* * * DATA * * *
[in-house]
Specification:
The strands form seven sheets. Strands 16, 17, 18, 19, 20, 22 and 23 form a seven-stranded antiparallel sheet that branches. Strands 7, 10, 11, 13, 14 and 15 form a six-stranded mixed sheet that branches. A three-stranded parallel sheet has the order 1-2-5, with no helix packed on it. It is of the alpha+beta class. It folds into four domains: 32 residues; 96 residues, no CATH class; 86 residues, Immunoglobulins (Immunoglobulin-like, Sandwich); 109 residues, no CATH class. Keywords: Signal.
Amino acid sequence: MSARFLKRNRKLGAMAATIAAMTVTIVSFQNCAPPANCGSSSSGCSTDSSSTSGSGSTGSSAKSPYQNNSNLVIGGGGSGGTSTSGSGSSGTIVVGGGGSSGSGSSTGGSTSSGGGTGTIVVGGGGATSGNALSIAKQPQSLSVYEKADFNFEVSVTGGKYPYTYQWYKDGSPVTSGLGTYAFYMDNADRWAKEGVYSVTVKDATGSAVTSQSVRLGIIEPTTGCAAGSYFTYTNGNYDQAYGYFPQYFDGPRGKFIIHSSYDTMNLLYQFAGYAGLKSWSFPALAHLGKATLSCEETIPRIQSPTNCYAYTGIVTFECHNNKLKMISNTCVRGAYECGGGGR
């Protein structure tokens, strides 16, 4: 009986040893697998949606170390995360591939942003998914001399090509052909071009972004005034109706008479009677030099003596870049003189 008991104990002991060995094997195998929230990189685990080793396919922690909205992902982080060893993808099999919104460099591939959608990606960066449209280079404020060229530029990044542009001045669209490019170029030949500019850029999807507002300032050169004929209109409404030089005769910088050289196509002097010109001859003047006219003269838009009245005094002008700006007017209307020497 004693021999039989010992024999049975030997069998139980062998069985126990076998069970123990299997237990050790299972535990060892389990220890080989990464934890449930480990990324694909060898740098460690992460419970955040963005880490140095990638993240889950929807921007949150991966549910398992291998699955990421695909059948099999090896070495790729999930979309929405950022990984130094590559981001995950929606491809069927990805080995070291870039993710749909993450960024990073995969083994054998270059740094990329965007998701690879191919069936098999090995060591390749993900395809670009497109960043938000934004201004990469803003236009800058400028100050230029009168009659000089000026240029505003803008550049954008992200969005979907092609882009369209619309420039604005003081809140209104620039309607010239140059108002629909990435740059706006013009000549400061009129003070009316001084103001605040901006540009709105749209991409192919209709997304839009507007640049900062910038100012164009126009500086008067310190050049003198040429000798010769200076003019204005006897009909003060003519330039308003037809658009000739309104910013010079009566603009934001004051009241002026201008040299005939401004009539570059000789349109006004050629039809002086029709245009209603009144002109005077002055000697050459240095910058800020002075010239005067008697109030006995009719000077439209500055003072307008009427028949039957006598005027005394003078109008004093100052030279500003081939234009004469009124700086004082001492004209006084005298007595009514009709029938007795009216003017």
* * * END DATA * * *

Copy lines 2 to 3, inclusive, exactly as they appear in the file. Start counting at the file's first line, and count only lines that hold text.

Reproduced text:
Specification:
The strands form seven sheets. Strands 16, 17, 18, 19, 20, 22 and 23 form a seven-stranded antiparallel sheet that branches. Strands 7, 10, 11, 13, 14 and 15 form a six-stranded mixed sheet that branches. A three-stranded parallel sheet has the order 1-2-5, with no helix packed on it. It is of the alpha+beta class. It folds into four domains: 32 residues; 96 residues, no CATH class; 86 residues, Immunoglobulins (Immunoglobulin-like, Sandwich); 109 residues, no CATH class. Keywords: Signal.